As I've just alluded to above, winter is beginning to take its usual toll, taxing my resolve and patience. I've been successfully resisting the winter for a long time now, but yesterday I finally gave in and started fucking off. The cold has been after me and after me, unrelenting, until I finally decided, fuck it. I ain't doin' nothin' 'cept readin' and sleepin' (and eatin') till the craziness lets up. This weather is worse than a nagging wife. I hide out from her in the bedroom, and she tries to get in through the doors and windows; but, armed with my trusty space heater, I won't let her. Yet she still nags at me through the door and walls. I play the tv loud or listen to my mp3 player, but every time I feel like I want some silence, there she is again, banging and shouting, with the unwanted hum of the space heater unable to drown out her raspy, irritable voice.
When I manage to get to sleep, at any odd hour, I dream about the winter of my life, the times when I was not so well in control, way back when, fantastic dreams that I would like to remember, to analyze, but just don't have the gumption to do it, and they begin to fade away after several days as the mental list grows longer:
my sister and I in the attic after mom and dad have moved out of the house at 1728 (moved out = died? the house = our lives now? the attic = an area of the house where we have never lived before?);
the backyard of the same house where many people who never lived there with us, though not unwelcome by me, are digging up the yard and planting vegetable gardens, turning it into first a commune atmosphere and then a rock concert where we stake out our seating arrangements and I sit next to a girl I don't know who is too shy to talk to me (and vice versa?) and we, the group, sing an old song. I forget the words now. I claim the band's name is Churcher and one of the girls says she remembers them as Sticks [not Styx; I saw the spelling in the dream], and I claim that only in California were they called Churcher; in the rest of the country, they were known as Sticks, even as I'm saying this knowing damn well I'm making it up;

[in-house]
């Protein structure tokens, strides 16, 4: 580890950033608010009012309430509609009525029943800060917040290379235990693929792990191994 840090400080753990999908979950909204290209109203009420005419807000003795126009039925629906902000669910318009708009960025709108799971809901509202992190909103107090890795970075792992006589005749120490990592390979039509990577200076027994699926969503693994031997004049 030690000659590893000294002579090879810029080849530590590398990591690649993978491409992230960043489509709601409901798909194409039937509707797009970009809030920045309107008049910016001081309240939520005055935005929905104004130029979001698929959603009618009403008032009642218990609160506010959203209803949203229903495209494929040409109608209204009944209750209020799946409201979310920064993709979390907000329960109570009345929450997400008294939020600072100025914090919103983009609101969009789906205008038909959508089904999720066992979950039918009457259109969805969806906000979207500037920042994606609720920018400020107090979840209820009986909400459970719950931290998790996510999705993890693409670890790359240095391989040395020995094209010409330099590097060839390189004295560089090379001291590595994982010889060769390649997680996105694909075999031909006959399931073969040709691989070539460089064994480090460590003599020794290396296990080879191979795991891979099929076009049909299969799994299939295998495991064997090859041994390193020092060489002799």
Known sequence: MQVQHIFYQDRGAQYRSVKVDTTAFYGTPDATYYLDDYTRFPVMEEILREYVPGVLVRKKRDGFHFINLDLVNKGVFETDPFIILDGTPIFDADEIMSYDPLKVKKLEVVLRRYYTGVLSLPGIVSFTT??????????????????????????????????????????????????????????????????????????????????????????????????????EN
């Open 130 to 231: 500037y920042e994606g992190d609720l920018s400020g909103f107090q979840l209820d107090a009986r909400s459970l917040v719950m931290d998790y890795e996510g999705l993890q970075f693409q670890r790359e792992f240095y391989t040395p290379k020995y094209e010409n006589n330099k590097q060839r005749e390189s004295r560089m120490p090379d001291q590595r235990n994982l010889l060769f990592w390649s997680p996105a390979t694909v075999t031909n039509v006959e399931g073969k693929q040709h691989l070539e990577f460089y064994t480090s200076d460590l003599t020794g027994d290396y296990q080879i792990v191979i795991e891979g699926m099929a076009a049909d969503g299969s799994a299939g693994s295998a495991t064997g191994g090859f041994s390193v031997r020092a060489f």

kids sitting on the 640 front deck playing, and I awaken from an afternoon nap and go out and try to encourage them to leave because I don't want any parents getting any ideas about what they're doing here or any possible liabilities should they get hurt, and I notice that the dog has been eating things they've fed him and starts to throw up, and ends up impossibly throwing up over twenty baseballs, softballs, and other assorted items.
That's it. The rest of the dreams have already disappeared off the list like a picture of Marty McFly changing his past.